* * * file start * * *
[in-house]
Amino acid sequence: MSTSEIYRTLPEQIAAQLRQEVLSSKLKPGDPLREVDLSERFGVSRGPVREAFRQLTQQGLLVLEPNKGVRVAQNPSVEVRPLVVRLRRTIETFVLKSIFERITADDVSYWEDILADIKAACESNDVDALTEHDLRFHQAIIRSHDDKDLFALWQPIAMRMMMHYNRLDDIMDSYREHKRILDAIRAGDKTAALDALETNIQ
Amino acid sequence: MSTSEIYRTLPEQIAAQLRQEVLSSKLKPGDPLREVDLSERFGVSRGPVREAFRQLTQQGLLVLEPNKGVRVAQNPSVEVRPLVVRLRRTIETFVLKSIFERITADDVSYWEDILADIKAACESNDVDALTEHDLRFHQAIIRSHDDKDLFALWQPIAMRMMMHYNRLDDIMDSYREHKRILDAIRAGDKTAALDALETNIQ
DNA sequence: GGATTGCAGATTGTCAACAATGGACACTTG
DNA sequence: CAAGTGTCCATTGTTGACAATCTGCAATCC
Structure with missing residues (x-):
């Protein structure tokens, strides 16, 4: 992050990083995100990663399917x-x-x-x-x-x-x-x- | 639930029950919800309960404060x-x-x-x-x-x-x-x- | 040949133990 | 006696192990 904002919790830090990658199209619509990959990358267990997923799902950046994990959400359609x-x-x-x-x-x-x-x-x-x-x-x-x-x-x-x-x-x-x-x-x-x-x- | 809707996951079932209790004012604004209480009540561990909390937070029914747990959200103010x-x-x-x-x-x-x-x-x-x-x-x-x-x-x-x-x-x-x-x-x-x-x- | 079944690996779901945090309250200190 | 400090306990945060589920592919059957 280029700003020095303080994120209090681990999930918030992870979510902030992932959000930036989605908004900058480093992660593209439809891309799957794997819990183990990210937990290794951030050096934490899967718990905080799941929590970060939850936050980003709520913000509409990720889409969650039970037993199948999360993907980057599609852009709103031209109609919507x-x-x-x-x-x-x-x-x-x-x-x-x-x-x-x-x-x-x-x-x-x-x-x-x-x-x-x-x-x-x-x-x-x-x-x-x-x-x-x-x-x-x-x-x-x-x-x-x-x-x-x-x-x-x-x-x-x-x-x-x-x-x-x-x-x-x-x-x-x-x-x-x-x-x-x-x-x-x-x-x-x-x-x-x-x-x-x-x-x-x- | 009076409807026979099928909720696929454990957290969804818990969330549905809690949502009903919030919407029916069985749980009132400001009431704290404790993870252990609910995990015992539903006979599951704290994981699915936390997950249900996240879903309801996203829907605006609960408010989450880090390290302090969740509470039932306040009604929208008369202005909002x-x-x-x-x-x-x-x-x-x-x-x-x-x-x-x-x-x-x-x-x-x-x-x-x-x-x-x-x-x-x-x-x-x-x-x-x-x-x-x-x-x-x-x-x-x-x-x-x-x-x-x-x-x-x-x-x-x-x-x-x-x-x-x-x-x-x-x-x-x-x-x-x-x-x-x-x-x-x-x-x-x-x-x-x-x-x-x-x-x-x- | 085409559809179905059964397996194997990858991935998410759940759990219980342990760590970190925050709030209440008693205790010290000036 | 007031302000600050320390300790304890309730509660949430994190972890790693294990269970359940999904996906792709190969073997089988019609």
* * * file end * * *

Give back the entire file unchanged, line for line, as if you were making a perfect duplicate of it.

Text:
[in-house]
Amino acid sequence: MSTSEIYRTLPEQIAAQLRQEVLSSKLKPGDPLREVDLSERFGVSRGPVREAFRQLTQQGLLVLEPNKGVRVAQNPSVEVRPLVVRLRRTIETFVLKSIFERITADDVSYWEDILADIKAACESNDVDALTEHDLRFHQAIIRSHDDKDLFALWQPIAMRMMMHYNRLDDIMDSYREHKRILDAIRAGDKTAALDALETNIQ
Amino acid sequence: MSTSEIYRTLPEQIAAQLRQEVLSSKLKPGDPLREVDLSERFGVSRGPVREAFRQLTQQGLLVLEPNKGVRVAQNPSVEVRPLVVRLRRTIETFVLKSIFERITADDVSYWEDILADIKAACESNDVDALTEHDLRFHQAIIRSHDDKDLFALWQPIAMRMMMHYNRLDDIMDSYREHKRILDAIRAGDKTAALDALETNIQ
DNA sequence: GGATTGCAGATTGTCAACAATGGACACTTG
DNA sequence: CAAGTGTCCATTGTTGACAATCTGCAATCC
Structure with missing residues (x-):
């Protein structure tokens, strides 16, 4: 992050990083995100990663399917x-x-x-x-x-x-x-x- | 639930029950919800309960404060x-x-x-x-x-x-x-x- | 040949133990 | 006696192990 904002919790830090990658199209619509990959990358267990997923799902950046994990959400359609x-x-x-x-x-x-x-x-x-x-x-x-x-x-x-x-x-x-x-x-x-x-x- | 809707996951079932209790004012604004209480009540561990909390937070029914747990959200103010x-x-x-x-x-x-x-x-x-x-x-x-x-x-x-x-x-x-x-x-x-x-x- | 079944690996779901945090309250200190 | 400090306990945060589920592919059957 280029700003020095303080994120209090681990999930918030992870979510902030992932959000930036989605908004900058480093992660593209439809891309799957794997819990183990990210937990290794951030050096934490899967718990905080799941929590970060939850936050980003709520913000509409990720889409969650039970037993199948999360993907980057599609852009709103031209109609919507x-x-x-x-x-x-x-x-x-x-x-x-x-x-x-x-x-x-x-x-x-x-x-x-x-x-x-x-x-x-x-x-x-x-x-x-x-x-x-x-x-x-x-x-x-x-x-x-x-x-x-x-x-x-x-x-x-x-x-x-x-x-x-x-x-x-x-x-x-x-x-x-x-x-x-x-x-x-x-x-x-x-x-x-x-x-x-x-x-x-x- | 009076409807026979099928909720696929454990957290969804818990969330549905809690949502009903919030919407029916069985749980009132400001009431704290404790993870252990609910995990015992539903006979599951704290994981699915936390997950249900996240879903309801996203829907605006609960408010989450880090390290302090969740509470039932306040009604929208008369202005909002x-x-x-x-x-x-x-x-x-x-x-x-x-x-x-x-x-x-x-x-x-x-x-x-x-x-x-x-x-x-x-x-x-x-x-x-x-x-x-x-x-x-x-x-x-x-x-x-x-x-x-x-x-x-x-x-x-x-x-x-x-x-x-x-x-x-x-x-x-x-x-x-x-x-x-x-x-x-x-x-x-x-x-x-x-x-x-x-x-x-x- | 085409559809179905059964397996194997990858991935998410759940759990219980342990760590970190925050709030209440008693205790010290000036 | 007031302000600050320390300790304890309730509660949430994190972890790693294990269970359940999904996906792709190969073997089988019609």